Goodyear Tire & Rubber Co., the largest U.S. tire maker, will close its main French plant and cut its work force in the country by 39 percent amid labor disputes and plunging auto demand in Europe.
The factory in Amiens in the north of France will be shuttered, with the loss of 1,173 jobs, the company said Thursday. Goodyear currently employs about 3,000 people across the country, Mathilde Davadant, a spokeswoman, said by phone. There’s no set date for the plant closing.
“We are deeply disappointed that the five past years of negotiations haven’t allowed us to reach a compromise with the employees’ representatives,” Henry Dumortier, head of Goodyear’s French unit, said in a written statement. “Today’s announcement is the only remaining option that we have.”
The economic contraction in Europe has caused car and truck sales to plummet to nearly a 20-year low.
Ford has widened its estimate for losses in the region, and Italian carmaker Fiat SpA, which operates Chrysler production in the U.S., scrapped its 2012 dividend on Wednesday to preserve cash after forecasting the auto market slump will continue this year.
Strategy changes that Goodyear has sought to carry out at the Amiens-Nord plant in response to the global recession in 2008 have been stymied by disagreements with labor leaders.
Another tire company, Titan International Inc., decided in December 2011 to drop a 2-year-old plan to buy the factory’s farm tire operations, citing union opposition.
The French plant cost Goodyear $83 million last year in losses, according to the statement.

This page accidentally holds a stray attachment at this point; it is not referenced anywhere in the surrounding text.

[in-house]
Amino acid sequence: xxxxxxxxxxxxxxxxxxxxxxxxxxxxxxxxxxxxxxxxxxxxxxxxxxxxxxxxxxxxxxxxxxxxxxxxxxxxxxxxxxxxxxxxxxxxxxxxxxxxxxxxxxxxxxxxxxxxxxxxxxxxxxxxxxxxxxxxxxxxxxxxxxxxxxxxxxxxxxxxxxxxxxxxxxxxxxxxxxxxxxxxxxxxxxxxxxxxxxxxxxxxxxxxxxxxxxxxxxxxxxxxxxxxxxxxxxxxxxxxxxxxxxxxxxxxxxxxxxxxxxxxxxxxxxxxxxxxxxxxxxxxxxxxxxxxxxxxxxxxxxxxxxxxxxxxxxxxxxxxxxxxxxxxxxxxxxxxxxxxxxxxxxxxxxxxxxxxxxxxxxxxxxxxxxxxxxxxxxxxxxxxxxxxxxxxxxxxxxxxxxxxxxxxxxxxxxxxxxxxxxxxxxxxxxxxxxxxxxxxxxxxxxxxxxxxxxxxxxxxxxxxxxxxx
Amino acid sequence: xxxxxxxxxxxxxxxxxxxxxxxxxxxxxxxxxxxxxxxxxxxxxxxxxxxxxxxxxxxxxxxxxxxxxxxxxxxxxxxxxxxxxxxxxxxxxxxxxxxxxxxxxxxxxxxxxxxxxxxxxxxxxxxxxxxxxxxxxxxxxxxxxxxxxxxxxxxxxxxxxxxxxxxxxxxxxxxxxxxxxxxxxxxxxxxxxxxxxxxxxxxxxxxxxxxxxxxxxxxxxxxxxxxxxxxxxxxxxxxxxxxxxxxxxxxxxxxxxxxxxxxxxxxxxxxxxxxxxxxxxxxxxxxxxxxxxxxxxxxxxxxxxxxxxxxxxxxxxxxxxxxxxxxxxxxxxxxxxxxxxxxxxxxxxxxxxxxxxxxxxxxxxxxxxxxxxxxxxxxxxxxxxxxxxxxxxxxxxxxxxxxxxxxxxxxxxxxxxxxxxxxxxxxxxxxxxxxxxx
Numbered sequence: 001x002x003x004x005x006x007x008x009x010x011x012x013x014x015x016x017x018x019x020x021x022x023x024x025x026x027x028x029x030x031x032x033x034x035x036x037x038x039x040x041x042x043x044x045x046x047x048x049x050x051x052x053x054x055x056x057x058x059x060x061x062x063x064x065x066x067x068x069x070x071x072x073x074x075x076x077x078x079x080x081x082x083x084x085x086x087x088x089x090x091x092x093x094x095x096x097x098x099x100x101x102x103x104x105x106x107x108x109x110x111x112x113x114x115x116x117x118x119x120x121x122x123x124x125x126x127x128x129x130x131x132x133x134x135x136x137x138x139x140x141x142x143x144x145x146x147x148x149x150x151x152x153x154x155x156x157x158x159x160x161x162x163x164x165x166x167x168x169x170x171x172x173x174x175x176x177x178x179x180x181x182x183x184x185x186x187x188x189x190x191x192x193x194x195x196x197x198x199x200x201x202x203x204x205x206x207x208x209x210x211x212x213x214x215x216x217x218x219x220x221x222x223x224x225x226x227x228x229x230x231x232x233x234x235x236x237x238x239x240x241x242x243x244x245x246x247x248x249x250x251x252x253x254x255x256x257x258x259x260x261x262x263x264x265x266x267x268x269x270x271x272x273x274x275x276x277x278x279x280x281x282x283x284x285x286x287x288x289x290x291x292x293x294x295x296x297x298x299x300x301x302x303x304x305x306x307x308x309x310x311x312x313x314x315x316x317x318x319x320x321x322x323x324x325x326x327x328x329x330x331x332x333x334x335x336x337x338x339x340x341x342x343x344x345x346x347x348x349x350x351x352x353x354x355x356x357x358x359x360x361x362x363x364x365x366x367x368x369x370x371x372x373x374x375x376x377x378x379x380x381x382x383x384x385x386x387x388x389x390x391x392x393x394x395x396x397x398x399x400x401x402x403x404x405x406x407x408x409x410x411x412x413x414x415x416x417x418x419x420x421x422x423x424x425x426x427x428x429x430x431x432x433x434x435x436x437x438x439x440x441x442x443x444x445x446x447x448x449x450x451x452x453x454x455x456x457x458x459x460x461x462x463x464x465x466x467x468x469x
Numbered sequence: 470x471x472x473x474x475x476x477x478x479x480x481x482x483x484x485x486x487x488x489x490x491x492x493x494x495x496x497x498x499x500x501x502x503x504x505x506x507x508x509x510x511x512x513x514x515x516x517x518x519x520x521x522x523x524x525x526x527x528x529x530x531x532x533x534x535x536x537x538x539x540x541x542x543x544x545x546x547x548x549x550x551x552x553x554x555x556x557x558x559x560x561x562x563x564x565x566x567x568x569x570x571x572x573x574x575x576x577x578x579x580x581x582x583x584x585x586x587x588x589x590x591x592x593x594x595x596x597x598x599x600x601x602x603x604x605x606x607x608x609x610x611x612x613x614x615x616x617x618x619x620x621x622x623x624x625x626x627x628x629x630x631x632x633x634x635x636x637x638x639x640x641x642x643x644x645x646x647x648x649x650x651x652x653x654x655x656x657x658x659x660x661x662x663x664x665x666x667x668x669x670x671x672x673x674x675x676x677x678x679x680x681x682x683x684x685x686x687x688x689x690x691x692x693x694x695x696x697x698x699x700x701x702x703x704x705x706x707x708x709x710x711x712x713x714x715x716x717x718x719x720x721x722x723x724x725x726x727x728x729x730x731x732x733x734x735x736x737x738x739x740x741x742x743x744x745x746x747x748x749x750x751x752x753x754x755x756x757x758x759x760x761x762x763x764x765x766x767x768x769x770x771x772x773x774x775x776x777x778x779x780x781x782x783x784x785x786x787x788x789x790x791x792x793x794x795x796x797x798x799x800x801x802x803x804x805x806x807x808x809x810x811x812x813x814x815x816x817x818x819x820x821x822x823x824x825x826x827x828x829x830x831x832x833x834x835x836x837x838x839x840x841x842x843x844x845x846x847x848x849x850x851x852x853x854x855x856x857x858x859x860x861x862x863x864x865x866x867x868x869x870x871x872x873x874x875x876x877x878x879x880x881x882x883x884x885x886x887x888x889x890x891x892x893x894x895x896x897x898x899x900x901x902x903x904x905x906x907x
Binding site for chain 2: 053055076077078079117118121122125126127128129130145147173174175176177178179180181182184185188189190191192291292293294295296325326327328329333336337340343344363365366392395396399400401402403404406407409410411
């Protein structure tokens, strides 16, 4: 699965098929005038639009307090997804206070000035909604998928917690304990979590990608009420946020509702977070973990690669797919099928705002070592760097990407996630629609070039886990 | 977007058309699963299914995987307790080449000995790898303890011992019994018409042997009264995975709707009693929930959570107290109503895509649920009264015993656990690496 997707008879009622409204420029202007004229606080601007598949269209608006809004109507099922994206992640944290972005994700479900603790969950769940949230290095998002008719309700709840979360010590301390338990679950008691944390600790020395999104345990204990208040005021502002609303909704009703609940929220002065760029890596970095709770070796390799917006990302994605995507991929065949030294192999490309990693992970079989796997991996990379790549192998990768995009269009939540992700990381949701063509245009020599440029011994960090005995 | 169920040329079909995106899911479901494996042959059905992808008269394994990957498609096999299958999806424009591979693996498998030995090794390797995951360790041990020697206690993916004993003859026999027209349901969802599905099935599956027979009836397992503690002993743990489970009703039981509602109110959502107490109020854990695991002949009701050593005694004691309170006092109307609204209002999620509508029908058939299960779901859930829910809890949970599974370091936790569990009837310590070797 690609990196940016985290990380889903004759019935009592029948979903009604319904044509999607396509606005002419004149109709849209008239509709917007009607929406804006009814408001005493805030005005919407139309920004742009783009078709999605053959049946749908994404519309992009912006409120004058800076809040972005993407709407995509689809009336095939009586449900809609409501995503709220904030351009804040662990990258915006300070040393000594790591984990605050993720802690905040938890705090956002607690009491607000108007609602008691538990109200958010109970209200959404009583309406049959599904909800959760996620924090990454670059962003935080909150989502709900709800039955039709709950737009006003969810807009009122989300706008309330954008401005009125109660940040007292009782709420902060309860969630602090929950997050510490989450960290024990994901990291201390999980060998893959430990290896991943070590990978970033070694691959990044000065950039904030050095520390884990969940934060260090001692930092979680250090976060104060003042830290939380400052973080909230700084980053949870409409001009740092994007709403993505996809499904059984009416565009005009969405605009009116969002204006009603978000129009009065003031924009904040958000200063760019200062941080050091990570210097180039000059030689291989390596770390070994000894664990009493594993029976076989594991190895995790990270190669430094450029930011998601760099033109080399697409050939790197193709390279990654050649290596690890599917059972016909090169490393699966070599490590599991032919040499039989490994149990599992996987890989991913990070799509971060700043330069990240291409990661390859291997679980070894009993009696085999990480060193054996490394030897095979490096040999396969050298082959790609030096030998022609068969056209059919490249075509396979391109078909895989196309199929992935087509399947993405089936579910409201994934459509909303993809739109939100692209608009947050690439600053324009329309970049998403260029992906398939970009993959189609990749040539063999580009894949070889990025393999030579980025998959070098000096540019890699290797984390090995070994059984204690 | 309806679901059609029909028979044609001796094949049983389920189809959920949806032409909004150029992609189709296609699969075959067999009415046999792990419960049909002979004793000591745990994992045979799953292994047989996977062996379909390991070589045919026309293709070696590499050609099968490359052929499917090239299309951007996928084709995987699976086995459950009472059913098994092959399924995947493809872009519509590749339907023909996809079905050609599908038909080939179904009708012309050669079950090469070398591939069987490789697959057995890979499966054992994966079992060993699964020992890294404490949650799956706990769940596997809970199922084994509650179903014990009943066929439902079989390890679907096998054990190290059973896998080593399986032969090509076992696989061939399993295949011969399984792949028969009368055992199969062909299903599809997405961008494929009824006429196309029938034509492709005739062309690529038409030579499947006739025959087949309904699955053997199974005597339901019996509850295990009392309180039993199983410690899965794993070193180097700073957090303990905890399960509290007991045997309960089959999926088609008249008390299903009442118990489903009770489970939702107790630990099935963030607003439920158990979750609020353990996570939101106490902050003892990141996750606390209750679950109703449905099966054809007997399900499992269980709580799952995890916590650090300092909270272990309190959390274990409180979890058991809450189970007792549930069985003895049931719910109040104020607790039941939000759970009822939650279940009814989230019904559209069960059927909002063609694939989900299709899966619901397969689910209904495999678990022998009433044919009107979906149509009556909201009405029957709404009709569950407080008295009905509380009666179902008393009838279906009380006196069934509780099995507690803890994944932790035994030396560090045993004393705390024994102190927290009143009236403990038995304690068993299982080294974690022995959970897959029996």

The tire maker will record a fourth-quarter charge of $74 million for the closing, which will cost in total at least $230 million, the company said.
The shutdown will improve operating profit by $75 million in Europe following its completion, Goodyear said.
In the United States, Goodyear in July 2011 closed its Union City, Tenn., factory that had employed about 1,800 people who made car and light truck tires. The company shifted tire production to factories in Gadsden, Ala., Fayetteville, N.C., and Lawton, Okla. Goodyear said closing Union City was expected to save the company $80 million a year starting in 2012.
Europe’s car market is forecast to drop to 12.3 million vehicles this year, 23 percent below the peak reached before the economy slowed, IHS Automotive estimates. Carmakers across the region have announced 30,000 job cuts since the beginning of July in response to the prolonged slump.
General Motors, seeing Germany at risk of slipping into recession, said last week that its Opel brand could shutter a factory in that country two years earlier than planned as the European auto market sinks for a sixth straight year. The factory employs 3,100 workers. Ford is slashing 6,200 positions and closing three plants in the region.
Peugeot plans to shrink its French automotive operations by 11,200 positions over the next two years. The automaker is also closing a factory in Aulnay outside Paris.